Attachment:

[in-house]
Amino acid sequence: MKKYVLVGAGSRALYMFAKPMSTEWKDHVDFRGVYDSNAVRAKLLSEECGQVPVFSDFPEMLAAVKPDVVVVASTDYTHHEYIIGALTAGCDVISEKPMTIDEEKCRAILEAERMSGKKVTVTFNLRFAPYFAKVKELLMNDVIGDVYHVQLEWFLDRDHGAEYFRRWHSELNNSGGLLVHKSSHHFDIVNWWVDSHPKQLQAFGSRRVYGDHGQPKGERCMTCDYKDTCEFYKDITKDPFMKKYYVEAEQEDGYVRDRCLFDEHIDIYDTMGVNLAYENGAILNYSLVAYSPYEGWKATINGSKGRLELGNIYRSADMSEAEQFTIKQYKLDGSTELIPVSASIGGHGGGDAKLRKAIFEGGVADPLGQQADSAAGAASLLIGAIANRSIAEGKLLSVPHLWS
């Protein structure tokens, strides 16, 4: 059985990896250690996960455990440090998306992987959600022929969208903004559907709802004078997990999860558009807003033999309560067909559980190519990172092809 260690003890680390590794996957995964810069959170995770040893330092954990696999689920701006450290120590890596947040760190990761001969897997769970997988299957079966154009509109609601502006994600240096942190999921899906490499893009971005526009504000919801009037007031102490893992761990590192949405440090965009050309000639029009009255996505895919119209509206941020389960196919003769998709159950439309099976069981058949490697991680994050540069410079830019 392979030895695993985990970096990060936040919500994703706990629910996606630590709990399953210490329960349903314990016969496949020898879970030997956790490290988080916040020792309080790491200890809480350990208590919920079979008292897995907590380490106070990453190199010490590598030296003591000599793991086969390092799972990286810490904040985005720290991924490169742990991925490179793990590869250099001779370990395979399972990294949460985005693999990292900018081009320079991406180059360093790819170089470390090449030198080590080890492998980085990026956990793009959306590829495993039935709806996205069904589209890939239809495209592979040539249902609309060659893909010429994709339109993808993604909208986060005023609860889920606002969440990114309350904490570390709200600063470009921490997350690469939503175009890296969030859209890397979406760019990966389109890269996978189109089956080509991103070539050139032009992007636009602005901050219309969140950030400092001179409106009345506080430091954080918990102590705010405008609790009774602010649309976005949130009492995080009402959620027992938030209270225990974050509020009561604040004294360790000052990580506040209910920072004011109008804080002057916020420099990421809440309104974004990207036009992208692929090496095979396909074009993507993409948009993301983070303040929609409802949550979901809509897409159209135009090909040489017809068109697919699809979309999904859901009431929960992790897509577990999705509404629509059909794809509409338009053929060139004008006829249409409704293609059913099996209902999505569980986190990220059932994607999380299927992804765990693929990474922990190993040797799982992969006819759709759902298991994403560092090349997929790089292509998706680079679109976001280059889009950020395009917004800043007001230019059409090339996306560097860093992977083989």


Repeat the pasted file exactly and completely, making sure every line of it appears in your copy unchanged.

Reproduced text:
[in-house]
Amino acid sequence: MKKYVLVGAGSRALYMFAKPMSTEWKDHVDFRGVYDSNAVRAKLLSEECGQVPVFSDFPEMLAAVKPDVVVVASTDYTHHEYIIGALTAGCDVISEKPMTIDEEKCRAILEAERMSGKKVTVTFNLRFAPYFAKVKELLMNDVIGDVYHVQLEWFLDRDHGAEYFRRWHSELNNSGGLLVHKSSHHFDIVNWWVDSHPKQLQAFGSRRVYGDHGQPKGERCMTCDYKDTCEFYKDITKDPFMKKYYVEAEQEDGYVRDRCLFDEHIDIYDTMGVNLAYENGAILNYSLVAYSPYEGWKATINGSKGRLELGNIYRSADMSEAEQFTIKQYKLDGSTELIPVSASIGGHGGGDAKLRKAIFEGGVADPLGQQADSAAGAASLLIGAIANRSIAEGKLLSVPHLWS
């Protein structure tokens, strides 16, 4: 059985990896250690996960455990440090998306992987959600022929969208903004559907709802004078997990999860558009807003033999309560067909559980190519990172092809 260690003890680390590794996957995964810069959170995770040893330092954990696999689920701006450290120590890596947040760190990761001969897997769970997988299957079966154009509109609601502006994600240096942190999921899906490499893009971005526009504000919801009037007031102490893992761990590192949405440090965009050309000639029009009255996505895919119209509206941020389960196919003769998709159950439309099976069981058949490697991680994050540069410079830019 392979030895695993985990970096990060936040919500994703706990629910996606630590709990399953210490329960349903314990016969496949020898879970030997956790490290988080916040020792309080790491200890809480350990208590919920079979008292897995907590380490106070990453190199010490590598030296003591000599793991086969390092799972990286810490904040985005720290991924490169742990991925490179793990590869250099001779370990395979399972990294949460985005693999990292900018081009320079991406180059360093790819170089470390090449030198080590080890492998980085990026956990793009959306590829495993039935709806996205069904589209890939239809495209592979040539249902609309060659893909010429994709339109993808993604909208986060005023609860889920606002969440990114309350904490570390709200600063470009921490997350690469939503175009890296969030859209890397979406760019990966389109890269996978189109089956080509991103070539050139032009992007636009602005901050219309969140950030400092001179409106009345506080430091954080918990102590705010405008609790009774602010649309976005949130009492995080009402959620027992938030209270225990974050509020009561604040004294360790000052990580506040209910920072004011109008804080002057916020420099990421809440309104974004990207036009992208692929090496095979396909074009993507993409948009993301983070303040929609409802949550979901809509897409159209135009090909040489017809068109697919699809979309999904859901009431929960992790897509577990999705509404629509059909794809509409338009053929060139004008006829249409409704293609059913099996209902999505569980986190990220059932994607999380299927992804765990693929990474922990190993040797799982992969006819759709759902298991994403560092090349997929790089292509998706680079679109976001280059889009950020395009917004800043007001230019059409090339996306560097860093992977083989």